Edinburgh, Fife & East Scotland

Edinburgh Zoo's Donald Emslie in 'no confidence' vote

Tian Tian
Image caption There have been fears the problems could affect the arrival of two giant pandas

Edinburgh Zoo will need to appoint new leadership after members passed a vote of no confidence in its chairman.

The tourist attraction is one of Scotland's most popular and is preparing to welcome a pair of giant pandas in the next few months.

An emergency meeting of Royal Zoological Society of Scotland members passed the motion in executive chairman Donald Emslie.

However, a no confidence vote in the board which runs the zoo was defeated.

It was also revealed at the meeting that the society will pay $1m (£650,000) to the Chinese every year the pandas are at Edinburgh Zoo.

They said the pandas' enclosure at the zoo was costing £200,000 to create.

Zoo officials said they were expecting 80,000 extra visitors a year, a 20% increase, once the pandas arrived.

As a result they were going to spend £440,000 on a new entrance and £100,000 on a new ticketing system to cope with the large volumes of visitors.

Pandas Tian Tian and Yang Guang, who were both born in 2003, are being brought to Edinburgh under a historic agreement with China.

They will be the first giant pandas to live in the UK for 17 years.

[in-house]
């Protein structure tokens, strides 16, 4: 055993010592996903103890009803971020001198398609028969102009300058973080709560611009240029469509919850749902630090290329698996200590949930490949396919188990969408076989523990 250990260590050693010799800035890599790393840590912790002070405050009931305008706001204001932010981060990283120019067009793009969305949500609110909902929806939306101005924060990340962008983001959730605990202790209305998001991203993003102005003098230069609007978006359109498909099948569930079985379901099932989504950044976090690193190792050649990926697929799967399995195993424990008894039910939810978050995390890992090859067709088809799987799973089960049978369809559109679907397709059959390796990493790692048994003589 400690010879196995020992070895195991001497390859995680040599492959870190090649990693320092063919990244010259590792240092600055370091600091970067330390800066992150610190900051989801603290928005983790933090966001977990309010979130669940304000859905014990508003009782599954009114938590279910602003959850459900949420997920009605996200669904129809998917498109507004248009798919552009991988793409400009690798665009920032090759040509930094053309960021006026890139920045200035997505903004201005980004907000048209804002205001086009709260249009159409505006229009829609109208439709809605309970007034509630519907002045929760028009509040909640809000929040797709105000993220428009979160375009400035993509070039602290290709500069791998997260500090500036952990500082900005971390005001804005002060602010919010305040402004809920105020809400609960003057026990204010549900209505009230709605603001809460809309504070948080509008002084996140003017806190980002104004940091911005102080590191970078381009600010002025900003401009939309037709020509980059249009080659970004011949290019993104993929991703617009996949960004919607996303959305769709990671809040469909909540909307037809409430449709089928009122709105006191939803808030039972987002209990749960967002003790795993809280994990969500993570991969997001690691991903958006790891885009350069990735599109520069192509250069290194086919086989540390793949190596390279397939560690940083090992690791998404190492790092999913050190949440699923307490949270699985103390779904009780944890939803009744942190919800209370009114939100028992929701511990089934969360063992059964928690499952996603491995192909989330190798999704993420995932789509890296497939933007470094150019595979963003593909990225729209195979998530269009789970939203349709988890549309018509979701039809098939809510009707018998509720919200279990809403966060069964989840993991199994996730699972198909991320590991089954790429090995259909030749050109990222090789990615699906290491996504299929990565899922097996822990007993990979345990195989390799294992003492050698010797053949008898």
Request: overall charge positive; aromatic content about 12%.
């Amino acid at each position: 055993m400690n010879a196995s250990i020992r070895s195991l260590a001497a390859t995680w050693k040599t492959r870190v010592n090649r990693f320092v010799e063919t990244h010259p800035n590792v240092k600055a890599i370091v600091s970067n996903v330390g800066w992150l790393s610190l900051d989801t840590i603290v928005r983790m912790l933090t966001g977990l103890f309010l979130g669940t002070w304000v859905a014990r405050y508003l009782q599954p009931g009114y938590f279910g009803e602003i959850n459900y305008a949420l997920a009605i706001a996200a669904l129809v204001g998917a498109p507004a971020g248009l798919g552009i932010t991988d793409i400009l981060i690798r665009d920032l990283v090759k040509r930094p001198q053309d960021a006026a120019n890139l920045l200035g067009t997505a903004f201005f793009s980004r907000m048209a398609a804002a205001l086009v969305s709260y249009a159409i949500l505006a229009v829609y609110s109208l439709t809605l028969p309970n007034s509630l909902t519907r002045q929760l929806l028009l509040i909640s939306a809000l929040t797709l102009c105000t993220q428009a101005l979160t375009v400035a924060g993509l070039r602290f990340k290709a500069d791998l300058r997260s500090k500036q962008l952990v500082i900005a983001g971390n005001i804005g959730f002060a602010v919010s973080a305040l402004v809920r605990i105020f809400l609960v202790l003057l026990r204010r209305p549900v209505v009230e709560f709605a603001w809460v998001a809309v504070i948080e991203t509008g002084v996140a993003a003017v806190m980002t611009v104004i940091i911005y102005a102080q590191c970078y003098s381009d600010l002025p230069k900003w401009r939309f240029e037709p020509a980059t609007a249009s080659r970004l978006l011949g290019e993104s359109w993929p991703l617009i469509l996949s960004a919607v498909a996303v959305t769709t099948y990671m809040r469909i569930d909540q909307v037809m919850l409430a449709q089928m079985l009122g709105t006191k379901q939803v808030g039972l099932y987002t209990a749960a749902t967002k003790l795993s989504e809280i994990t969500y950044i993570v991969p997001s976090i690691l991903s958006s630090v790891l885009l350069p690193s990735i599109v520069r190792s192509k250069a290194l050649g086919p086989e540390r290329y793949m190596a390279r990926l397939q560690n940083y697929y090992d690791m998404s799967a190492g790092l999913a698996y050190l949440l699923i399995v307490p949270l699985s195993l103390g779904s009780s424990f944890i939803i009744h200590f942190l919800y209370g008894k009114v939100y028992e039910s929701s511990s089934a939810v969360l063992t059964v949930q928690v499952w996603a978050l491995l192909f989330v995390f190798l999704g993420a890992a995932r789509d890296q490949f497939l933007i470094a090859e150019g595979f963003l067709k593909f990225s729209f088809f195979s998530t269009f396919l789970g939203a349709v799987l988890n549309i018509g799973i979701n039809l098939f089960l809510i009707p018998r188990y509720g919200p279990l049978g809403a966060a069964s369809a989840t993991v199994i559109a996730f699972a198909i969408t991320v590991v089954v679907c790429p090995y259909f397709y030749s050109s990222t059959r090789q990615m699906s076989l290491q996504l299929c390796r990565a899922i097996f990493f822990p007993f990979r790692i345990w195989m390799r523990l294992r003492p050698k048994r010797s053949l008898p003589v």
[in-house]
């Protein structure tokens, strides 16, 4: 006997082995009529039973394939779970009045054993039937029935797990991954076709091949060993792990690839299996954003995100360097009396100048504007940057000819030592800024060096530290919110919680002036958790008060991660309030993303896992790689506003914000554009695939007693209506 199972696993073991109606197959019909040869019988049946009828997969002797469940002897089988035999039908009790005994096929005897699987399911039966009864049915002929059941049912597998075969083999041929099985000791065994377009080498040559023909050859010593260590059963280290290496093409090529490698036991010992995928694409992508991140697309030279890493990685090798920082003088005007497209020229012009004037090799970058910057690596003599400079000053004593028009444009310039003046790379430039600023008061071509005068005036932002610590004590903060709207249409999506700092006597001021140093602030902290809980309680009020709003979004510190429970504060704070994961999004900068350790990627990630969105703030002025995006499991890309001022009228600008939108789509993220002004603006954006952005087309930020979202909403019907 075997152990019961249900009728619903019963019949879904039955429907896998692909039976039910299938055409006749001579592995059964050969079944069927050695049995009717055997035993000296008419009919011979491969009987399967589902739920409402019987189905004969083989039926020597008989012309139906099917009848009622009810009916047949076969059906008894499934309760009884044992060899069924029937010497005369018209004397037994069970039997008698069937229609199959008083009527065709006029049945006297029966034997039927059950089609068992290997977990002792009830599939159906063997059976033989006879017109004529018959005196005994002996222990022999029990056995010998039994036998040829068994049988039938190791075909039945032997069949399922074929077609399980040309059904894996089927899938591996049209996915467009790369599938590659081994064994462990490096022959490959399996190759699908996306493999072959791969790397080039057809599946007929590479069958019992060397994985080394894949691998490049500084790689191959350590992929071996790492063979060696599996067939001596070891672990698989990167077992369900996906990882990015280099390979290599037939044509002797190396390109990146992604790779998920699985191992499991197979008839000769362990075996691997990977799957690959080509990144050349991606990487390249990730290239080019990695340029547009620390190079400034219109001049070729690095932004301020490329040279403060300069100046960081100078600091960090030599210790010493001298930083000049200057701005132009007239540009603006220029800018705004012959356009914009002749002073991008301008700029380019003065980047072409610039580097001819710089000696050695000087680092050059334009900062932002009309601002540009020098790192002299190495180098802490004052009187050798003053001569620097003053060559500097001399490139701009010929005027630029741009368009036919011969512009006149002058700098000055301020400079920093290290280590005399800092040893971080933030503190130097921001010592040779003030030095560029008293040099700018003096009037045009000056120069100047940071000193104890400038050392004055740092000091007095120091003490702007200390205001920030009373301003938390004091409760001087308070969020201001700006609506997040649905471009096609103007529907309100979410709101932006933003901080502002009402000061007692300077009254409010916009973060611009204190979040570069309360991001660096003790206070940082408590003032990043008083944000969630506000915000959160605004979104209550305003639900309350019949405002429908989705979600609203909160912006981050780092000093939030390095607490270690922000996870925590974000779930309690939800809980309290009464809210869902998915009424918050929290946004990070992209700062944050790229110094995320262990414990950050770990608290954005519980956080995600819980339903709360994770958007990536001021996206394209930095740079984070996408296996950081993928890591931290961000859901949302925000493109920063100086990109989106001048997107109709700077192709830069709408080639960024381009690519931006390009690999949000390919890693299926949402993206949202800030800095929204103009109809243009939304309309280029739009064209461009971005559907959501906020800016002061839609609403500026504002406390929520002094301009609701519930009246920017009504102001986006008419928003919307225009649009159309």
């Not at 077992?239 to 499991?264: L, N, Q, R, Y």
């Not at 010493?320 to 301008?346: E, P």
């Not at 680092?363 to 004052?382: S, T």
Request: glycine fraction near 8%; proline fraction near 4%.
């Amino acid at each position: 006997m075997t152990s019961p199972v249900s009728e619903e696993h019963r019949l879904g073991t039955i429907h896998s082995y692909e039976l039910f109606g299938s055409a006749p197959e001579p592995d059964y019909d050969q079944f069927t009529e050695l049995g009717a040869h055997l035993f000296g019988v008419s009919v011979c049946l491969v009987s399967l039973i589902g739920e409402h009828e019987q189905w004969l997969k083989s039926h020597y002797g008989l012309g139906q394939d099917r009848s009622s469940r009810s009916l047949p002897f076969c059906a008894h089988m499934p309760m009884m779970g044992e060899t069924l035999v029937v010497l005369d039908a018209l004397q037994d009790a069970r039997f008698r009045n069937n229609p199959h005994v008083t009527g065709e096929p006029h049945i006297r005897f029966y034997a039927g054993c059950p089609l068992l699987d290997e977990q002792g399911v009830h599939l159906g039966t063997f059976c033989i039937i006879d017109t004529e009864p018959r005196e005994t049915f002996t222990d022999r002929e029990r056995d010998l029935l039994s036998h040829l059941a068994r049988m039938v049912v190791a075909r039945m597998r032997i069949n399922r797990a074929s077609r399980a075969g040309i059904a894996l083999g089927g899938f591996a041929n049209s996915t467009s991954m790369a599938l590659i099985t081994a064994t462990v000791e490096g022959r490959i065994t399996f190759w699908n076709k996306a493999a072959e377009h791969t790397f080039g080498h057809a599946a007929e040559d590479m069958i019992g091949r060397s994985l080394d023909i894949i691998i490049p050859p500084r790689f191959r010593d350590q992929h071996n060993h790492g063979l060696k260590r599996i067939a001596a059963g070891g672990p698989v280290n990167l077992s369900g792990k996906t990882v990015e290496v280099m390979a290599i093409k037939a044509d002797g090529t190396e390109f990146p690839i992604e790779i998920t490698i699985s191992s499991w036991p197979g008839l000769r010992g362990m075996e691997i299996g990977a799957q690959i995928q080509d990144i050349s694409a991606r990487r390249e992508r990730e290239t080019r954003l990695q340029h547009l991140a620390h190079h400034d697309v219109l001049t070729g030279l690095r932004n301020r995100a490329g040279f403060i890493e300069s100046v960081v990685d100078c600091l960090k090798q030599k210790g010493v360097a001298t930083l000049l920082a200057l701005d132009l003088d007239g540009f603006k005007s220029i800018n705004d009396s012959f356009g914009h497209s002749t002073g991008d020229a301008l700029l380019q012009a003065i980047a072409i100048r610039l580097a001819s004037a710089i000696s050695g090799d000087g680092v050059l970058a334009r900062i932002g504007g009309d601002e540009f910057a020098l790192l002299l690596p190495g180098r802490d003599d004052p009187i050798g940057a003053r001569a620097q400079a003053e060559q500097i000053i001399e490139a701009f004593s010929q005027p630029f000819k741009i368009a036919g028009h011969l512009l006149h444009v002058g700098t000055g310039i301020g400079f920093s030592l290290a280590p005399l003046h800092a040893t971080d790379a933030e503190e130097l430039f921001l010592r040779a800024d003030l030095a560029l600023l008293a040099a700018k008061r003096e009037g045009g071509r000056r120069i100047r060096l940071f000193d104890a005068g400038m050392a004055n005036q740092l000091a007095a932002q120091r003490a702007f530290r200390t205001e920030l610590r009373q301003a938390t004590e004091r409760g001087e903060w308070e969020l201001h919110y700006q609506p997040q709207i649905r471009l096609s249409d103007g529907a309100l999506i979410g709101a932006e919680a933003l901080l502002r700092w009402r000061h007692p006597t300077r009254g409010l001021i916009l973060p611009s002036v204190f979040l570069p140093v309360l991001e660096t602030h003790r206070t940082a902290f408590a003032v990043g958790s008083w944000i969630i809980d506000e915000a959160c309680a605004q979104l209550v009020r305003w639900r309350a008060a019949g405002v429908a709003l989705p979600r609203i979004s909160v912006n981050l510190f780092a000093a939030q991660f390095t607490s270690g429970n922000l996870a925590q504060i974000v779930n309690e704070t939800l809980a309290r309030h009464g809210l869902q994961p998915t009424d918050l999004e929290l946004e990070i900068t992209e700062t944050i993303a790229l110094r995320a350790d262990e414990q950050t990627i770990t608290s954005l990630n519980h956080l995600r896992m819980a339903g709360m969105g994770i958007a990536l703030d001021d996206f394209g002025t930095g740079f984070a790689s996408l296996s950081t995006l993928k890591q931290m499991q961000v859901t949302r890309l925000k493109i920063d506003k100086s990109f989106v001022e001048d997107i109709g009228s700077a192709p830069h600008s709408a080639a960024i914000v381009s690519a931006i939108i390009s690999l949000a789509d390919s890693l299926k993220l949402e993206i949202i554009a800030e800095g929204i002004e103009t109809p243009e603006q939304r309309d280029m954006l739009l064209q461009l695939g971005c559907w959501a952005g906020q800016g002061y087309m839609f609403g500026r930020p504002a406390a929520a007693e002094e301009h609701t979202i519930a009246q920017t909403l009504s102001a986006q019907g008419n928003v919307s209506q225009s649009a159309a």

The arrival of the pandas will propel the zoo into the international spotlight.

400 members

But it has been beset by financial problems and distracted by anonymous allegations against members of its senior management team.

More than 400 members of the society which runs the zoo attended the special meeting on Thursday night.

The board was criticised for the lack of communication and leadership.

Members were angry they had not been consulted about talks with a Spanish company to run the zoo.

A total of 157 members backed the vote of no confidence but 253 rejected it.

A separate motion of no confidence in Mr Emslie was passed.

'Malicious leaking'

A former Edinburgh Zoo trustee, Sean Rowles, was so concerned that he flew from Boston in the USA to attend the meeting.

He told BBC Scotland: "I have been very disappointed with the leadership that has been provided over the past two or three years, especially as it impacts on the financial situation, the management of the zoo and ultimately the experience people have when they come into the zoo itself."

Edinburgh Zoo is currently being probed by the Office of the Scottish Charity Regulator (OSCR) following the suspensions of two directors earlier this year over anonymous allegations against them.

Mr Emslie said: "Obviously I am disappointed by the outcome of our members vote and fully acknowledge that this has been an incredibly difficult time for our members and our staff.

"It has been very challenging for us to communicate the substance of what has been going on without compromising the on-going investigations, however we absolutely must take on board our members' request for increased communication.

"We as a society have also been affected by malicious leaking and unauthorised briefings undertaken by person (or persons) unknown whose own agendas run contrary to that of the RZSS as a whole.

"We have welcomed the debate, but we also have to take into account the charity regulator OSCR's regulations."

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